69 In order to provide an indicator of performance potential, steady-state fixed workload protocols

    70 may be extended by continuing the exercise bout until exhaustion. However this approach often

    71 suffers from high test – retest variability and low ecological validity. For example, trained

    72 cyclists had a test-retest coefficient of variation (CV) of ~27% when cycling to exhaustion at

    73 75% of maximal workload (Wmax; Jeukendrup et al., 1996). Whereas, a performance test (a self-

    74 paced 60-minute bout of cycling), conducted with the same participants, returned a test-retest CV

    75 of 3.4% (Jeukendrup et al., 1996). This is typical of self-paced tests with a defined end-point (i.e.

    76 time trials) that by definition provide more ecologically valid data (Mee et al., 2015; Che Jusoh

    77 et al., 2015). Furthermore, under heat stress a comparable CV (3.6%) was reported by Che Jusoh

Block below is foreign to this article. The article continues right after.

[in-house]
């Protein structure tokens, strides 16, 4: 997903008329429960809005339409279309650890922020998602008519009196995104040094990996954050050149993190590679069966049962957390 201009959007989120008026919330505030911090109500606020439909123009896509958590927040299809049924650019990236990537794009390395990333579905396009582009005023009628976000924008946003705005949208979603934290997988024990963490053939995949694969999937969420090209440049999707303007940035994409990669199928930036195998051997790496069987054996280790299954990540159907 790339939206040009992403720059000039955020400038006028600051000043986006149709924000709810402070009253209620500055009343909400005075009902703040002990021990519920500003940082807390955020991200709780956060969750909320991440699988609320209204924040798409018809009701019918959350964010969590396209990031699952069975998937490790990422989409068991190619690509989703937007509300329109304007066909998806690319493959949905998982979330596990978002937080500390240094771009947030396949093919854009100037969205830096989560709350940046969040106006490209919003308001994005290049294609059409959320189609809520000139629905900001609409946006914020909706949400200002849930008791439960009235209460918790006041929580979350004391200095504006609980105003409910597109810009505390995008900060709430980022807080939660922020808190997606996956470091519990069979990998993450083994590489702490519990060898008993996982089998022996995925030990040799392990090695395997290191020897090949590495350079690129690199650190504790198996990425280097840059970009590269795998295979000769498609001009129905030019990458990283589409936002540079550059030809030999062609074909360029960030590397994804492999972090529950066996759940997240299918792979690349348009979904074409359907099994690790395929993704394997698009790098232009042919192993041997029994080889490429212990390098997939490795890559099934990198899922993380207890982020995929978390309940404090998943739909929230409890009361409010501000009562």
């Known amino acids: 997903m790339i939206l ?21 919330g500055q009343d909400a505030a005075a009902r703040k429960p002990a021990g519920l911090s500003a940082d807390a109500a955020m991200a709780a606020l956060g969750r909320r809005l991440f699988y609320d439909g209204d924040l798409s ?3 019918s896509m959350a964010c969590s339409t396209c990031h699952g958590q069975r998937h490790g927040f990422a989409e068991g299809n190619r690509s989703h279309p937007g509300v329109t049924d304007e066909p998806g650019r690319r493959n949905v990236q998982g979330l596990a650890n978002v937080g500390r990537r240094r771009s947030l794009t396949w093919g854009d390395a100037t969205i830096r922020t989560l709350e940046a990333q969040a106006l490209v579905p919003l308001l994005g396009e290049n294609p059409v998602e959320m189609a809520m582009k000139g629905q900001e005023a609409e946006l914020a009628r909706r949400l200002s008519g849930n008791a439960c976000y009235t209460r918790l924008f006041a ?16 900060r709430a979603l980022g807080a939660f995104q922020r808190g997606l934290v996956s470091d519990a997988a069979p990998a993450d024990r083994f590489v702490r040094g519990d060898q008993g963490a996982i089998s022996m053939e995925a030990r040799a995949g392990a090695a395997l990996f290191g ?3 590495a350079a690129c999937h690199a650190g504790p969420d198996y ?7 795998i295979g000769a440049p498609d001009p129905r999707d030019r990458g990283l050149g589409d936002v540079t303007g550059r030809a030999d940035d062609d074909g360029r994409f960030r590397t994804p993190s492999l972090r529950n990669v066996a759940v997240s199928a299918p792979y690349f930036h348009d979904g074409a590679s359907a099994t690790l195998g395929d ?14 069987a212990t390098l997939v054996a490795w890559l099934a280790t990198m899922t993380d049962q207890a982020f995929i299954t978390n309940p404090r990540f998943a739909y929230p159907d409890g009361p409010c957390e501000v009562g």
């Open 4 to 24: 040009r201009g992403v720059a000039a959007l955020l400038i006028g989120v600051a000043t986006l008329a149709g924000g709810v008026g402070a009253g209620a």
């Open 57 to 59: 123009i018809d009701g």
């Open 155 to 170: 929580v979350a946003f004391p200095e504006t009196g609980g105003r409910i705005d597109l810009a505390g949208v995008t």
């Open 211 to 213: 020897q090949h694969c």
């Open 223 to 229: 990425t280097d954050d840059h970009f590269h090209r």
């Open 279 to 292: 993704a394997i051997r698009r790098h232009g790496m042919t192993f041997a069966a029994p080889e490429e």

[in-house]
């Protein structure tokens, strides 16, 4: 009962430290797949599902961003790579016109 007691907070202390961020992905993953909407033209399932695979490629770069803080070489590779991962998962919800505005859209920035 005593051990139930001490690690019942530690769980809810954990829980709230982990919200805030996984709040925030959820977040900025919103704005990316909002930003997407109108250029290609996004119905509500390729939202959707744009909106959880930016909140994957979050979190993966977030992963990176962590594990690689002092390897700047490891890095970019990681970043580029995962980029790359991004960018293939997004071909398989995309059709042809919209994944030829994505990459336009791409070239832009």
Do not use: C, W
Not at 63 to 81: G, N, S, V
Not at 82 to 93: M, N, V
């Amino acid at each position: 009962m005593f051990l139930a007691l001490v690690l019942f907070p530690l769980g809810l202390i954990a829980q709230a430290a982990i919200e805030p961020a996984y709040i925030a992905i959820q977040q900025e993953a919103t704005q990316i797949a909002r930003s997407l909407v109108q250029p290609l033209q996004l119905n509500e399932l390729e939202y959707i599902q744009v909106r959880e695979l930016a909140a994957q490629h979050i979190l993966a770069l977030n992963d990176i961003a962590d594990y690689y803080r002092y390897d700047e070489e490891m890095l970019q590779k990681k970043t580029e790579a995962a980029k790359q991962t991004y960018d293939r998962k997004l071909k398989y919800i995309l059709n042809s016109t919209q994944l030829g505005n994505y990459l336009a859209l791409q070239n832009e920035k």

78 and colleagues (2015) following a 45 minute cycling preload (cycling at 55% O2peak). A V

    79 similar performance test has been used in hypoxic conditions (Beidleman et al., 2008) although

    80 no reliability data was presented for the hypoxic performance test. As hypoxic tolerance before

    81 and after an intervention is now commonly reported (Lee et al., 2014; Lee 2014a; Gibson 2015),

    82 knowledge of the reproducibility of physiological steady-state conditions during a fixed-work

    83 protocol hypoxic stress test (HST), as well as the reliability of a preloaded self-paced cycling

    84 time trial cycling test (pTT) could assist data interpretation and study design. Therefore, the

    85 purpose of this study was to assess the reproducibility of physiological measures collected during

    86 a steady state HST (60 minute fixed load period of cycling) and the reliability of a preloaded (40

    87 minute bout of fixed-intensity cycling) 16.1km TT conducted in moderate normobaric hypoxia.

    PeerJ reviewing PDF | (2015:11:7761:1:0:NEW 14 Feb 2016)

    Manuscript to be reviewed

    PeerJ PrePrints | https://doi.org/10.7287/peerj.preprints.1513v2 | CC-BY 4.0 Open Access | rec: 15 Feb 2016, publ: 15 Feb 2016

  • 88

    89 Methods

    90 Participants

    91 The study received ethical approval from the Coventry University local Ethics Committee